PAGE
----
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Discussion Starter · #1 ·
I just shot this rifle for the first time since my dad shot it last over 20 years ago. Its a Springfield M1A with a sub 1500 serial number. The number is more like 0014xx with 2 leading zeroes in front of it. I don't know much about these rifles. It looks too new to be pre 1980, but I don't know. The fibreglass cover on the top is a forest green, with a steel flap on the end of the stock that holds the cleaning rod.

It has a stamp on the stock hand that looks like a Marine Corps symbol, but its very faint.

I am clueless on the rifle. Can someone tell me about when it was made, and to confirm its a commercial/civilian model?

BTW, this rifle put me on my ass. I went through 2 clips, and I had purple bruises on my shoulder.
 

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Your rifle is a civilian / commercial semi-automatic version of the M14 rifle. In the March, 1974 issue of American Rifleman magazine (pages 36 and 37) M1A serial number 001562 is tested by M. D. Waite, then Technical Editor for the American Rifleman. So, I'd guess your rifle was made in late 1973 or early 1974.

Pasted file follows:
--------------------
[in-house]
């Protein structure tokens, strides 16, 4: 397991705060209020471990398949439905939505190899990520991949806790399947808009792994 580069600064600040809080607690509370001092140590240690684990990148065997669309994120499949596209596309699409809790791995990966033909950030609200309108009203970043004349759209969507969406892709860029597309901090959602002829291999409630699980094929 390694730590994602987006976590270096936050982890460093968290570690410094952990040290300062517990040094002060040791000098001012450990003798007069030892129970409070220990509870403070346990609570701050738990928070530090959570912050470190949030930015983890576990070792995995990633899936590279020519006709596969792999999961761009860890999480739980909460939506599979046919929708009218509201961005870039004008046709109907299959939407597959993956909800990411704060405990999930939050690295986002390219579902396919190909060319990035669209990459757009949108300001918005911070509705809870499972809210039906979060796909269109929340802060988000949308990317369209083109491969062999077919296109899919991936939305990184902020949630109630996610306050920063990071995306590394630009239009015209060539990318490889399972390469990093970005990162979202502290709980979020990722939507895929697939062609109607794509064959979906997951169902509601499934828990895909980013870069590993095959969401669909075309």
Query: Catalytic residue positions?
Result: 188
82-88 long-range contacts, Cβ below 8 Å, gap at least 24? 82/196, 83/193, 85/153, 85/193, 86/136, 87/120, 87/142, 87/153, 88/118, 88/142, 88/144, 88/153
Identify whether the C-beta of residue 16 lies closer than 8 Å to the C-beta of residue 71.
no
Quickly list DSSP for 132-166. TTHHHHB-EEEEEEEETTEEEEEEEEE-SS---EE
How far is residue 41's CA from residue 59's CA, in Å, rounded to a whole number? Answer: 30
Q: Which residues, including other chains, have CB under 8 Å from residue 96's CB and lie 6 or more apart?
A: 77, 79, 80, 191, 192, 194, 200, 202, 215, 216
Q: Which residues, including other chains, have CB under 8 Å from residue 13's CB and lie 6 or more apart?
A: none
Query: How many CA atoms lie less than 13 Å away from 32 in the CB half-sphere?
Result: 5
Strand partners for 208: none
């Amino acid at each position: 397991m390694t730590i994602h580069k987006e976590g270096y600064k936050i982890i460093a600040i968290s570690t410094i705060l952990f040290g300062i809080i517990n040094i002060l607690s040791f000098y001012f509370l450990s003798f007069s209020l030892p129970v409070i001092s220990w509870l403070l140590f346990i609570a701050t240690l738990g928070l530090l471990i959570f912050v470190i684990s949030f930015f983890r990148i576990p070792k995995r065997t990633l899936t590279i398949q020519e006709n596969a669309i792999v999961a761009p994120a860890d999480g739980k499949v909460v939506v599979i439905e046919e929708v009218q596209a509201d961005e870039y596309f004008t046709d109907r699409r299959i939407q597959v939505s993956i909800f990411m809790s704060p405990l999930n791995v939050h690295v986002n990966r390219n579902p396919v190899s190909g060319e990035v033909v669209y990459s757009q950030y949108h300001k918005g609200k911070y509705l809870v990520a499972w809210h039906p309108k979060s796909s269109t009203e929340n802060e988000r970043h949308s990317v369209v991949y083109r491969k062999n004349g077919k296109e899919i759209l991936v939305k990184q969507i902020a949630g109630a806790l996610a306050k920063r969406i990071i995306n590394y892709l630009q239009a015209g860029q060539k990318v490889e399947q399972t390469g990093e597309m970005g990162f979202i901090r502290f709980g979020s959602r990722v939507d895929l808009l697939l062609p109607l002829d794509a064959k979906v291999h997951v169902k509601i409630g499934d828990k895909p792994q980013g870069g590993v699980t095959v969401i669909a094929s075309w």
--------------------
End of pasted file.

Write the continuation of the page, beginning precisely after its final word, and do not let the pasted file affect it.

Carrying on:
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Discussion Starter · #3 ·
Thanks for the info. It's a bit older than what I thought. I have a couple of other questions for you if you don't mind. When did they start production of these rifles? What is the encircled "P" for?

And could you point me to a link that explains on how to take care of this rifle?

Thanks much.
 

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If this is truely a Devine manufactured M1A it would make it highly desirable among M1A collectors. Treat it well, feed it only the finest Military Ball ammo.

Different's Web site is a good place to start learning. See his post above for the URL.

Oh, if you get bruises it means you're holding the rifle poorly. Hold it very firmly to your shoulder and weld your cheek to the comb of the stock.

PS
I get this when I posted my reply to this message
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I think it means that someone who has email watch turned on email service has black holed the m14 site as a source of spam. Make sure you whitelist messages from this site if you use that feature.
 

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Discussion Starter · #7 ·
Well, that explains the address stamped on the barrel...

Thanks for the info guys.

There is an address stamped on the barrel of the rifle, I will have to go home and check to confirm it, but some guy with a po box in devine, tx.

I didn't know there was so much history to this rifle. I will check Different's website.